Publishing houses make millions of dollars off eBook sales, and will continue to do so as newer technologies (such as the iCloud) become more accessible to these companies. There is no denying that the eBook market will continue to grow as booksellers like Amazon and Barnes & Noble focus more and more on digital publishing, but will it also cost publishing houses millions of dollars in losses?
eBook sales went up 164% last year, generating $441.3 million1. Without a doubt, digital publishing is becoming a huge moneymaker. But with the rise of digital piracy, publishers are seeing losses in the millions—PDFs being easily copied and distributed over and over without a hassle. Where the digital publishing world is a beautiful chrome metropolis, piracy is undoubtedly its black market.
David Carnoy of CNET says, “The point here is that there may very well be a dark side to the success of eBooks, which some are speculating will make up 50 percent of the market in as little as 5 years2.”
Let’s take, for example, that behemoth of online piracy: The Pirate Bay. One of TPB’s top downloads is a 600+ eBook collection. Let’s say each book in the collection normally sells at $2. This pirated collection represents $1200 in losses every time someone downloads it off TPB3.
President of the Authors Guild, Scott Turow said, “[Piracy] has killed large parts of the music industry. Musicians make up for the copies of their songs that get pirated by performing live. I don’t think there will be as many people showing up to hear me read as to hear Beyonce sing. We need to make sure piracy is dealt with effectively.”
Piracy is undoubtedly affecting the Stephen Kings, Dean Koontzs, James Pattersons and Dan Browns of the world, but there are many lesser known authors who are enjoying the unexpected success of this pirating, such as Neil Gaiman (of The Sandman fame) and Adam Mansbach (author of the viral adult children’s book Go the F–k to Sleep [you have undoubtedly received a copy in your spam folder]).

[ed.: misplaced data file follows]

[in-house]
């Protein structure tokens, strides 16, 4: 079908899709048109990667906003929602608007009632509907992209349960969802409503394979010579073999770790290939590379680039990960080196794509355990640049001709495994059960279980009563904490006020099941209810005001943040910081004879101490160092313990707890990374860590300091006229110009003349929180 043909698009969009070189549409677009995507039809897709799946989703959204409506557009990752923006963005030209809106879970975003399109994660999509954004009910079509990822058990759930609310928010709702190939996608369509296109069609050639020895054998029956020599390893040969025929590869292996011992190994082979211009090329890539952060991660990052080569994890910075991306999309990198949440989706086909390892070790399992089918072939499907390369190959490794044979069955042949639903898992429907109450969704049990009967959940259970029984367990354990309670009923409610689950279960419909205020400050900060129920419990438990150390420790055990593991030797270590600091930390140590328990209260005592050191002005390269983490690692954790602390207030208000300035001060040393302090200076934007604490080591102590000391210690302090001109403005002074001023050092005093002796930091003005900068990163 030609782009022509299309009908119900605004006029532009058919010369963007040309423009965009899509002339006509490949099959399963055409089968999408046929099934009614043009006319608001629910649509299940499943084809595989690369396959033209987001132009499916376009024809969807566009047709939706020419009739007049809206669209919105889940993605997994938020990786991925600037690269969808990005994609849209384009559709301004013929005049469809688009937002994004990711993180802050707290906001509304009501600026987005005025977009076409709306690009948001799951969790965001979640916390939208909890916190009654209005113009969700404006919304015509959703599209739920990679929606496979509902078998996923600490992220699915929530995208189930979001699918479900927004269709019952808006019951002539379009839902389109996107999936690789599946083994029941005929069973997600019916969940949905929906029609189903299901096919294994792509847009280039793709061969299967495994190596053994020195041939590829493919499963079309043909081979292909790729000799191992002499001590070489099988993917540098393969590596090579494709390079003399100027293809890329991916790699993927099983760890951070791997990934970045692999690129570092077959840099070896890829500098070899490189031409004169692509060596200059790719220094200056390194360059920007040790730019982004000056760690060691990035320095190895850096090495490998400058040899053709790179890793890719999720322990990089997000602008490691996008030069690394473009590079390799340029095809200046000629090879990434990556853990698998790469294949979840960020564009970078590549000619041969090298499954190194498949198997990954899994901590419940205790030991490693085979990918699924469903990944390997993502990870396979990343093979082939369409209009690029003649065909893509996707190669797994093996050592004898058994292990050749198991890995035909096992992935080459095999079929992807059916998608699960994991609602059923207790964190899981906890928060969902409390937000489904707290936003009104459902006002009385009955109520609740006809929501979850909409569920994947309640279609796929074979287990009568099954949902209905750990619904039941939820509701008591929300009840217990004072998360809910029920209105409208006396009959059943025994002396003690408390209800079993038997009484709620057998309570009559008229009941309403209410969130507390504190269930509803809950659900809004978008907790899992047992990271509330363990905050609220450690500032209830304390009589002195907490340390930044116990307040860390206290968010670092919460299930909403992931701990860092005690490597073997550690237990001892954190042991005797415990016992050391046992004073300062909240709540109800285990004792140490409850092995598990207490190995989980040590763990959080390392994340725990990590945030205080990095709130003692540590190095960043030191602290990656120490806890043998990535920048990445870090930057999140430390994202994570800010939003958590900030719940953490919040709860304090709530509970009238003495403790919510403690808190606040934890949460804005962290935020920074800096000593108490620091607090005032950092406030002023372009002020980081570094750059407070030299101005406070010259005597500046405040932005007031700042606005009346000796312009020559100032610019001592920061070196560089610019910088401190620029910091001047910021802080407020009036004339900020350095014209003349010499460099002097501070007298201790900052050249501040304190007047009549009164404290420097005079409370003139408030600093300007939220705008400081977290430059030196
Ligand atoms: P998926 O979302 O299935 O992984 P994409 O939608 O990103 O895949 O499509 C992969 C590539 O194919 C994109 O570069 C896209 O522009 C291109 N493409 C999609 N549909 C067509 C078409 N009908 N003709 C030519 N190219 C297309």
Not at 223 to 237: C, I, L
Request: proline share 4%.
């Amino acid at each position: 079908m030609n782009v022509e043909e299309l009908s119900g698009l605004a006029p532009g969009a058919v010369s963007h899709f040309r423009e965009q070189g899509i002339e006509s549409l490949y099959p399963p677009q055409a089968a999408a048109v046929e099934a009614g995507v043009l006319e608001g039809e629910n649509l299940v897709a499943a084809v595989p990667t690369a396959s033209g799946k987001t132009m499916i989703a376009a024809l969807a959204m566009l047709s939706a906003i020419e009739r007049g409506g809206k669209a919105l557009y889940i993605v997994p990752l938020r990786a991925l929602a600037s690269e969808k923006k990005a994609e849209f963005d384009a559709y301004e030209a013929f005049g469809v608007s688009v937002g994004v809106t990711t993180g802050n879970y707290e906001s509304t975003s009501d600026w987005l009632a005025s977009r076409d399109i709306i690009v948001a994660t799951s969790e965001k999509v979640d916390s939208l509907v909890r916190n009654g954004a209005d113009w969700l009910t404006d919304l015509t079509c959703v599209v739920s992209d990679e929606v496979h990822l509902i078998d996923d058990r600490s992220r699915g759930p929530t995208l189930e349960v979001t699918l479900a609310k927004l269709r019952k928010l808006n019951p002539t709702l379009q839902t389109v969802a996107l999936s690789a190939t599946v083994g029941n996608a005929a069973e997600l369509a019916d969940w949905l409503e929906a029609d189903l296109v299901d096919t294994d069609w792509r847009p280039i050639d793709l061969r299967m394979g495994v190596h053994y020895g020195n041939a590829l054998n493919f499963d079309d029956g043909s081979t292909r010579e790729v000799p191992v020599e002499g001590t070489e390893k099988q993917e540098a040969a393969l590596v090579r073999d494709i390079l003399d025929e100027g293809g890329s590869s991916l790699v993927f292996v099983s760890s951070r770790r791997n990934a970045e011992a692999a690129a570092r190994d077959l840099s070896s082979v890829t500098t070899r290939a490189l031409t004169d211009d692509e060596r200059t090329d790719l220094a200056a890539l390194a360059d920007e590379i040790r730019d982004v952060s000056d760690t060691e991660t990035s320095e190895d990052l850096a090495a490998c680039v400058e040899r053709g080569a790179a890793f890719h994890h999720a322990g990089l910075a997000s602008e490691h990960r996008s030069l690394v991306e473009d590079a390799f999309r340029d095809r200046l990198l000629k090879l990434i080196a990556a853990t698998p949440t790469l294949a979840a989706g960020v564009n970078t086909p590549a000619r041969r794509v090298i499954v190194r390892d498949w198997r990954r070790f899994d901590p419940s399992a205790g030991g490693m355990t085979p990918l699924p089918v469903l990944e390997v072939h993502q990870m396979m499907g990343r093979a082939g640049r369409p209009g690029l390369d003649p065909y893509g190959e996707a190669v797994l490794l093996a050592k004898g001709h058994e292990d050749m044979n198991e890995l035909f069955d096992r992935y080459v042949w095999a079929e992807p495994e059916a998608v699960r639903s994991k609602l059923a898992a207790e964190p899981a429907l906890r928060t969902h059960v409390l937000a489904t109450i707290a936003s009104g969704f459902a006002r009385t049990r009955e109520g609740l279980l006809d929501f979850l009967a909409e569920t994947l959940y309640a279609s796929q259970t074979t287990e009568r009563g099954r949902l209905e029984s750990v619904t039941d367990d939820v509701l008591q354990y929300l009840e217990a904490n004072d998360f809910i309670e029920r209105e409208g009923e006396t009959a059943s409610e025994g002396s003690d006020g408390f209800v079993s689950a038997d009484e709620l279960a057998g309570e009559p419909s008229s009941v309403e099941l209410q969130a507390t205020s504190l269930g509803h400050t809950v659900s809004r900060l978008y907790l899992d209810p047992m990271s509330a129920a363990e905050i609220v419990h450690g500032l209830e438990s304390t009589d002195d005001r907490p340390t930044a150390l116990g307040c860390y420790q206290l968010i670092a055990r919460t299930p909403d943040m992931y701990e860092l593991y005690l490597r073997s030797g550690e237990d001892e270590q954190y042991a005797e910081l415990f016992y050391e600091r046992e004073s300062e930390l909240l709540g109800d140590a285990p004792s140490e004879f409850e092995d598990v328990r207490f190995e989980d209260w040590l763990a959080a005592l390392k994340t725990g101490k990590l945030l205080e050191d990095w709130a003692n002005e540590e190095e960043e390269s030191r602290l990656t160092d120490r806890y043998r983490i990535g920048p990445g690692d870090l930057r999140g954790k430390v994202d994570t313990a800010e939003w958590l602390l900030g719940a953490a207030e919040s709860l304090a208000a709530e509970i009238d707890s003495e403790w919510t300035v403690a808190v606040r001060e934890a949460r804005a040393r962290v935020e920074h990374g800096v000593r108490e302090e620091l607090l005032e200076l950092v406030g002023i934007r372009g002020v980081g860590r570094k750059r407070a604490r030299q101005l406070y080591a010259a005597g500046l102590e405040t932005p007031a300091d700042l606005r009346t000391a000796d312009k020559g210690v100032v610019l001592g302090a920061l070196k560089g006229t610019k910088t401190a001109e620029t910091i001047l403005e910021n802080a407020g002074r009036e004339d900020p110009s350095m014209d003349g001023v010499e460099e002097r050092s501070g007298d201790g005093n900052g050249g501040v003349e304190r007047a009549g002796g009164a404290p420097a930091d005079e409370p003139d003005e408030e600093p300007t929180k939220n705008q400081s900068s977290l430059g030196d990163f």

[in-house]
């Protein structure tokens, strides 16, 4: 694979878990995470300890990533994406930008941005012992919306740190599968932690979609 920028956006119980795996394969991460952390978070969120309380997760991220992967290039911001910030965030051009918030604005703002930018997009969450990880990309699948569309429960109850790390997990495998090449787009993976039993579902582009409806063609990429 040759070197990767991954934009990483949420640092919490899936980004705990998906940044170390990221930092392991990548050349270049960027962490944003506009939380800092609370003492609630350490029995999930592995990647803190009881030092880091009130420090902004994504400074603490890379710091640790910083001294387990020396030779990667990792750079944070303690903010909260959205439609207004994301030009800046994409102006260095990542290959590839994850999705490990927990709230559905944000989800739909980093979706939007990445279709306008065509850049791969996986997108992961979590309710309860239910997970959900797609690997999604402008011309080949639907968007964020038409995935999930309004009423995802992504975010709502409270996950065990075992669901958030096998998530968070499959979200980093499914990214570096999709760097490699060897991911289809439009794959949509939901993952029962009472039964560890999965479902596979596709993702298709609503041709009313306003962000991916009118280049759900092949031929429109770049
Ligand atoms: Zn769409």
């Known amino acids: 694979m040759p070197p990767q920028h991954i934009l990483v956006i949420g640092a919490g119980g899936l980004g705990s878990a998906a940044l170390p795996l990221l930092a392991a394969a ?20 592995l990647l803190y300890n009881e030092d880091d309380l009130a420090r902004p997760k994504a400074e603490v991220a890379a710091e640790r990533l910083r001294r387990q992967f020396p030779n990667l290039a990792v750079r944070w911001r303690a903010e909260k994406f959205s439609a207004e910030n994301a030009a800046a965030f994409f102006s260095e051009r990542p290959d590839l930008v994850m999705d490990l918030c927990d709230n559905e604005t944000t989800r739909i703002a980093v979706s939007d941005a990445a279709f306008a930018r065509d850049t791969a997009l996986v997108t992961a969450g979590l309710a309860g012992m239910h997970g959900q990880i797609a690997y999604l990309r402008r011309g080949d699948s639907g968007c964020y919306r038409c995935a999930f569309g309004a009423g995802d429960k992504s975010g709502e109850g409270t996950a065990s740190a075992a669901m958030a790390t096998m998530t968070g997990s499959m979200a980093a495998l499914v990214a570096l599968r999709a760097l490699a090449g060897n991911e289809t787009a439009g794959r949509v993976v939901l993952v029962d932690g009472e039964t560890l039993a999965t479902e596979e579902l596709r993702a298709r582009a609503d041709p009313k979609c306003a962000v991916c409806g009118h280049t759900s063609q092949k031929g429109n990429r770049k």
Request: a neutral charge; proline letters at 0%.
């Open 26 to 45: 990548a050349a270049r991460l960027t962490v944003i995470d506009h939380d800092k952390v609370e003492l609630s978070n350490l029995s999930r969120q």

The latter is especially basking in the rays of success since his book has reached millions of computer screens through the viral PDF. The free audition edition has Samuel L. Jackson narrating the adult bedtime story—the success of which has been optioned as a film by Fox 20004.
Spam books have also become a problem in the digital publishing world5. Millions of users have flocked to the Amazon digital bookstore to purchase inexpensive books. Most of the time, consumers can find what they’re looking for, but this process has been made a bit harder by spammers. Spammers upload fake pseudobooks and sell them for 99 cents or more. Most of the time the pseudobooks are not at all what a user is looking for or the file is ripped from an actual book and sold for less money.
Rebecca Boyle of Popsci says, “Reuters’ thorough investigation points out that this is a growing problem. In 2002, 33,000 “nontraditional” books, meaning those without a traditional agent-publishing house background, were published. The number rose to 2.8 million last year. Apparently, that staggering increase is powered as much by spam as it is by earnest writers trying to reach an audience. It’s unfortunate news for the e-publishing world, until Amazon (and others, too) determine a better way to authenticate submissions.”
Don’t be surprised if you find Go the F–k to Sleep for less than its original price on Amazon. Beware: it might be ripped or might be full of ads. Undoubtedly every click of a button is making Mansbach more and more popular.
Sure, piracy isn’t a problem for a writer trying to get into the publishing scene, especially when his book is getting so much unexpected attention, but it’s inevitable to see the loss in sales. One day, Mr. Mansbach will look back on his rise to fame and wish readers had gone the F–k to the store.